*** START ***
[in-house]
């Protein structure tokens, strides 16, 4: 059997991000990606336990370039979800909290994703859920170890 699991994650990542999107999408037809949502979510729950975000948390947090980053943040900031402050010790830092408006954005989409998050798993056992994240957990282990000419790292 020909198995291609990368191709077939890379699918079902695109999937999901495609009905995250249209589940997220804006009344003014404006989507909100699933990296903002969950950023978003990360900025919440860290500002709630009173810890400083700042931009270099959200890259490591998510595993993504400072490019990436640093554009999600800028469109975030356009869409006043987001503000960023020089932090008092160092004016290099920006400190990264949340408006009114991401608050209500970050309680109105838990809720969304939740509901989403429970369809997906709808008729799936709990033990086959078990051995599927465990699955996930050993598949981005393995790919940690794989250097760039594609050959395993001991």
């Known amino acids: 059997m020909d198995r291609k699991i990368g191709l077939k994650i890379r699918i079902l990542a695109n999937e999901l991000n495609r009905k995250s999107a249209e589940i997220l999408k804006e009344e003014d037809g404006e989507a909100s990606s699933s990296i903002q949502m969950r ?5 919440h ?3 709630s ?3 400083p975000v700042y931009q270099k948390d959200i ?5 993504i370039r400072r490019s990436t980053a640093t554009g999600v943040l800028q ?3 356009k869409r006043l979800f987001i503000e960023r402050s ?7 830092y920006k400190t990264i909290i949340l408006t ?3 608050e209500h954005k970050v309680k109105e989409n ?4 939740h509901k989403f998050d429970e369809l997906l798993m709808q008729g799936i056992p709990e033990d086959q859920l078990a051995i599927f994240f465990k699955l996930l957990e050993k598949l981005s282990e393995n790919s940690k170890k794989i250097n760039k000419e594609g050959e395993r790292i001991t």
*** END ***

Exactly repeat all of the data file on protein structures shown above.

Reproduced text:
[in-house]
């Protein structure tokens, strides 16, 4: 059997991000990606336990370039979800909290994703859920170890 699991994650990542999107999408037809949502979510729950975000948390947090980053943040900031402050010790830092408006954005989409998050798993056992994240957990282990000419790292 020909198995291609990368191709077939890379699918079902695109999937999901495609009905995250249209589940997220804006009344003014404006989507909100699933990296903002969950950023978003990360900025919440860290500002709630009173810890400083700042931009270099959200890259490591998510595993993504400072490019990436640093554009999600800028469109975030356009869409006043987001503000960023020089932090008092160092004016290099920006400190990264949340408006009114991401608050209500970050309680109105838990809720969304939740509901989403429970369809997906709808008729799936709990033990086959078990051995599927465990699955996930050993598949981005393995790919940690794989250097760039594609050959395993001991």
């Known amino acids: 059997m020909d198995r291609k699991i990368g191709l077939k994650i890379r699918i079902l990542a695109n999937e999901l991000n495609r009905k995250s999107a249209e589940i997220l999408k804006e009344e003014d037809g404006e989507a909100s990606s699933s990296i903002q949502m969950r ?5 919440h ?3 709630s ?3 400083p975000v700042y931009q270099k948390d959200i ?5 993504i370039r400072r490019s990436t980053a640093t554009g999600v943040l800028q ?3 356009k869409r006043l979800f987001i503000e960023r402050s ?7 830092y920006k400190t990264i909290i949340l408006t ?3 608050e209500h954005k970050v309680k109105e989409n ?4 939740h509901k989403f998050d429970e369809l997906l798993m709808q008729g799936i056992p709990e033990d086959q859920l078990a051995i599927f994240f465990k699955l996930l957990e050993k598949l981005s282990e393995n790919s940690k170890k794989i250097n760039k000419e594609g050959e395993r790292i001991t």